Tasks, deliverables, and milestones
This task will investigate distributed control based on self-organizing systems, whereby decisions are taken by the units with no need of global information such as the number of the units, the characteristics of the heterogeneous units, the characteristics of the communication network. In between a completely centralized system and fully distributed, egalitarian organization, there is the possibility to organize different hierarchical architectures, which can themselves be built autonomously (through e.g. leader-election algorithms). The task will investigate the advantages and drawbacks of the different solutions, and provide indications as to the optimal trade-off for specific application requirements.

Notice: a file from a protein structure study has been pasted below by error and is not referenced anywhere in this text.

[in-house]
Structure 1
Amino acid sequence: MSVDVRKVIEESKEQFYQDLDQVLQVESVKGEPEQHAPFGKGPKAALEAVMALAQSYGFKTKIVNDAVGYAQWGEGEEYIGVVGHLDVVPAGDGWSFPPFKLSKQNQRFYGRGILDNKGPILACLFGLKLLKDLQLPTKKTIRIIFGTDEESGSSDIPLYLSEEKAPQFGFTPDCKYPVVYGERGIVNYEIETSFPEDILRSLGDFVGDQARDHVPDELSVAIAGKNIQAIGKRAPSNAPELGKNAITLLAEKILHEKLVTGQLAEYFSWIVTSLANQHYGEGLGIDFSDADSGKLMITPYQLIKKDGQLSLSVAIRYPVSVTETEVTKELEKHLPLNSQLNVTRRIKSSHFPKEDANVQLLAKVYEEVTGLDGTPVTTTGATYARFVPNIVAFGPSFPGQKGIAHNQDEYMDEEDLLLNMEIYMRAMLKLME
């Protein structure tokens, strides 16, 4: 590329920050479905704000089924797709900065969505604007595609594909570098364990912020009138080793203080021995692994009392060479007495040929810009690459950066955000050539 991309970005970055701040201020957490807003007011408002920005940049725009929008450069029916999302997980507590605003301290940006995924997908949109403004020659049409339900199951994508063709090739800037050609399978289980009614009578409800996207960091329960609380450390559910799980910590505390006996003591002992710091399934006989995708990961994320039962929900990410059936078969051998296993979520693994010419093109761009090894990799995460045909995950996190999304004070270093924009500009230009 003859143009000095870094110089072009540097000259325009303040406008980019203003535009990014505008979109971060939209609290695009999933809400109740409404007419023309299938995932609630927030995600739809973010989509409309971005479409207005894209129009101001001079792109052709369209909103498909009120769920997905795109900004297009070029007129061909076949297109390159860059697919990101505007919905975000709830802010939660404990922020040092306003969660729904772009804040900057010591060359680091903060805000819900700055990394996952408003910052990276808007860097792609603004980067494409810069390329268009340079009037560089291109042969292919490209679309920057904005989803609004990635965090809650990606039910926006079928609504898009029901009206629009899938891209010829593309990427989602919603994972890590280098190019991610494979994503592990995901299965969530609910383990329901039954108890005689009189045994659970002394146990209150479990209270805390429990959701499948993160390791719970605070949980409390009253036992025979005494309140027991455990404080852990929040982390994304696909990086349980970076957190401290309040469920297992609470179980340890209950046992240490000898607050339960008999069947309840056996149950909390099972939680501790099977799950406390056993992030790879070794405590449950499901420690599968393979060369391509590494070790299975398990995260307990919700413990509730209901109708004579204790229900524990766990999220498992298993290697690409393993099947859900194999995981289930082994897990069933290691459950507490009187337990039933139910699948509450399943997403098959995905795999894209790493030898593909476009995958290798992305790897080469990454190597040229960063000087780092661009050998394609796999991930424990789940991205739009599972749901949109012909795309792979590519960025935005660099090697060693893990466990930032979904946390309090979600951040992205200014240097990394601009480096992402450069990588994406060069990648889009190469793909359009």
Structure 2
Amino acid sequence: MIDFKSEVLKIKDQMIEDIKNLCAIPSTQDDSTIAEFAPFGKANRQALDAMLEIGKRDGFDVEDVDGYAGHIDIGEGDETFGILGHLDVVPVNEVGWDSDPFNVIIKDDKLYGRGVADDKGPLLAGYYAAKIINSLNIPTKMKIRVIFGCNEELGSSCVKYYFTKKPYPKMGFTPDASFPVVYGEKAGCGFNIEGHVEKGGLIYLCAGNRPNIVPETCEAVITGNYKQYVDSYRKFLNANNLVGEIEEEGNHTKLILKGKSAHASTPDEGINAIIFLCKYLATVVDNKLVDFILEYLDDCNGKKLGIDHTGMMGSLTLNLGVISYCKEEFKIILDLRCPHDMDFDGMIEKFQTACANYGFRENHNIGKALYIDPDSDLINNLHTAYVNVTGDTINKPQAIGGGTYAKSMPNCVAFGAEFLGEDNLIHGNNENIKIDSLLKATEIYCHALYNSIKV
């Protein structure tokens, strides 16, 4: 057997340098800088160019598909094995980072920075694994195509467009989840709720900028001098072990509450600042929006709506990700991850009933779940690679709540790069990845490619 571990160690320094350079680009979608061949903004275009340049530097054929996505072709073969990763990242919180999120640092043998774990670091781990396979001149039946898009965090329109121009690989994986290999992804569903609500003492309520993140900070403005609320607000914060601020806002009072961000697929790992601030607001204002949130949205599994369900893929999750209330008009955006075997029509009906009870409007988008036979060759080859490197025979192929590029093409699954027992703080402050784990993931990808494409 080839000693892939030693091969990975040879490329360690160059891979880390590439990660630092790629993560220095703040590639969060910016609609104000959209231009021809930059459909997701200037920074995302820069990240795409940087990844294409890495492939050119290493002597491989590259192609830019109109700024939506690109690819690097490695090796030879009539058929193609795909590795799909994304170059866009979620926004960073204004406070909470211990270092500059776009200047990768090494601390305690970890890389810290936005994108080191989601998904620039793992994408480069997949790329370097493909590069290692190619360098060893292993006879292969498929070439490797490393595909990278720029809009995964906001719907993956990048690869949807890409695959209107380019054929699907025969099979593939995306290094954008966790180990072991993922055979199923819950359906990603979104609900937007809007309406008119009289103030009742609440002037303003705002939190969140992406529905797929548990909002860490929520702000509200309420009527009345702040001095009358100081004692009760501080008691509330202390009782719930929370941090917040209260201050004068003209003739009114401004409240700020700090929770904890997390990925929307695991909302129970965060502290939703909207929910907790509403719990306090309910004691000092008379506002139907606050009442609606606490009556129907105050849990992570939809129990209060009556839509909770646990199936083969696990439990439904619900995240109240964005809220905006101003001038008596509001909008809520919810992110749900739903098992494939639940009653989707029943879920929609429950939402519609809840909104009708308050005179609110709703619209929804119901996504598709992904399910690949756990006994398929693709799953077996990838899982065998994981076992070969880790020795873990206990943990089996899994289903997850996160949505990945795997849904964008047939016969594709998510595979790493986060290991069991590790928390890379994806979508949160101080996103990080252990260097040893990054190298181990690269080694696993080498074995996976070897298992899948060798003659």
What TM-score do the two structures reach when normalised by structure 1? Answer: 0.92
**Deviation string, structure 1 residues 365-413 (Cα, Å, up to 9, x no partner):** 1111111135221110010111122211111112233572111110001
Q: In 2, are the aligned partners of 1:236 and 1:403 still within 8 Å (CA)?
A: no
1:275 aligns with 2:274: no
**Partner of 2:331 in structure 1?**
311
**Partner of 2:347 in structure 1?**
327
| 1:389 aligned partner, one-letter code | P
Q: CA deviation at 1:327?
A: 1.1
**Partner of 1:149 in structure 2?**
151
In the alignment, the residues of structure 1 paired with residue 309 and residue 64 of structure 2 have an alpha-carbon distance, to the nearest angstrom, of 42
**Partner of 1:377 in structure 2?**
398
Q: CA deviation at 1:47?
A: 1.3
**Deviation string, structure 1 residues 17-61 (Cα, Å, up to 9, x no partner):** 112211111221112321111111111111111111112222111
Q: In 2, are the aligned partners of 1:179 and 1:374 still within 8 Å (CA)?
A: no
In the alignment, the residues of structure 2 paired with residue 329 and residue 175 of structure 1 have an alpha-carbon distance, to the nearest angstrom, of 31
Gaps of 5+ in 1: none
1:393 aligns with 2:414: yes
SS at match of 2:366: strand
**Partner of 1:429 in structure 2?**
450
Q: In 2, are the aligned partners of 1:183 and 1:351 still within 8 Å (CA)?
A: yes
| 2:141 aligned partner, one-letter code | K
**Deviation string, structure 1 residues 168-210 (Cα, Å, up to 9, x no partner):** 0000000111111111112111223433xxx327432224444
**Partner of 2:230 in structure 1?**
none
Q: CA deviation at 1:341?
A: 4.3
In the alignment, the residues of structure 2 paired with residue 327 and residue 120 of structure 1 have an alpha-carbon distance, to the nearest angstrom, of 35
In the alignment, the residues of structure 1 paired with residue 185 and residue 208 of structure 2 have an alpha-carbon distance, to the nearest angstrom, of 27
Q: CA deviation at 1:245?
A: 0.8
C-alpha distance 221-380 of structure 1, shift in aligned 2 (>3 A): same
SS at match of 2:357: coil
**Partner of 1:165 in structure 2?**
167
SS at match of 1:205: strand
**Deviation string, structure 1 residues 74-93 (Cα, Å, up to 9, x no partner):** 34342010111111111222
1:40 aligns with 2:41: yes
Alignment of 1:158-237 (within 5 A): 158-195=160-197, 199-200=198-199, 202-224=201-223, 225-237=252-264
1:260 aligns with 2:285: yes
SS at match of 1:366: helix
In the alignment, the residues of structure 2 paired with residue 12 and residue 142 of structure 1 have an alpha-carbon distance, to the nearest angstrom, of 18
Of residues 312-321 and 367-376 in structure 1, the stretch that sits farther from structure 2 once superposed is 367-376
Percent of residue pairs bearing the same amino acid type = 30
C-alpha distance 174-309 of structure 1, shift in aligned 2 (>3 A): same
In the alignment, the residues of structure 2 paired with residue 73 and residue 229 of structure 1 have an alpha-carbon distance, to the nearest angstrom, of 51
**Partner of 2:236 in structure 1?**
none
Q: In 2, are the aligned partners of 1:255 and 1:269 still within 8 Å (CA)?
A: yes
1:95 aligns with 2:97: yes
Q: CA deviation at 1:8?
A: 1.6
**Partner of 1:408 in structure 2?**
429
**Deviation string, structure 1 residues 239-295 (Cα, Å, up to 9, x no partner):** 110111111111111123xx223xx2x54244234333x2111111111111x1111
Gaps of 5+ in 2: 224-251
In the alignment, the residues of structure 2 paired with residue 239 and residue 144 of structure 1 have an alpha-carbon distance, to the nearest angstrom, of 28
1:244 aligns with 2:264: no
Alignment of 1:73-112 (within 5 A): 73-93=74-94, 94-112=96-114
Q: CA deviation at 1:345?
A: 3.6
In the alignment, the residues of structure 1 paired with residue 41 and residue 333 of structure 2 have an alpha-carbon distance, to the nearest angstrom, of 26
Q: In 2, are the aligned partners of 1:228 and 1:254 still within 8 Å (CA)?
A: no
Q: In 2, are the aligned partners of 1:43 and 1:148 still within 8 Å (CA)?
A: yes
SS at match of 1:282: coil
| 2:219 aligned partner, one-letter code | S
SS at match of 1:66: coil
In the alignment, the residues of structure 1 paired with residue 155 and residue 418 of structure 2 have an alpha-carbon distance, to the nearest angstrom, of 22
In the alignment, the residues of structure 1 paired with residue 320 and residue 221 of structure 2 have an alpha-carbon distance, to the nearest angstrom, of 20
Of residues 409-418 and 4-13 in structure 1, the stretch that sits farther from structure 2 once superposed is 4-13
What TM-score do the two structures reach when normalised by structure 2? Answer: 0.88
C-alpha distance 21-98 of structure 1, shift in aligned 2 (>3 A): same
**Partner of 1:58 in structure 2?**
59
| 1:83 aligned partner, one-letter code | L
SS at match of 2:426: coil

This task will investigate the theoretical bases and algorithmic implementation of methods to detect misbehaviors (caused by either faults or malicious attacks) of cooperating objects in a distributed system, and to recover through isolation and reconfiguration of the system.In distributed intrusion and fault detection systems, the detection and recovery tasks have themselves to be solved cooperatively by different agents, each possessing only a partial knowledge of the system status, by decisions made through negotiation, possibly based on trust or reputation. The task will also study security protocols that enable to dynamically check the admissibility of the units in the global system. For example, an observer/identifier can be supposed to be either a central decision maker, or to be implemented as a distributed task itself. In the latter case, security issues arising in dealing with potentially malicious agents propagating false information about neighbors (Byzantine behaviors) has to be taken into account. Robust decentralized algorithms to identify and isolate misbehaving nodes, based on partial observations by agents and on reputation building, are a difficult but crucial objective of this task, to enable building trusted systems of cooperating objects and agents.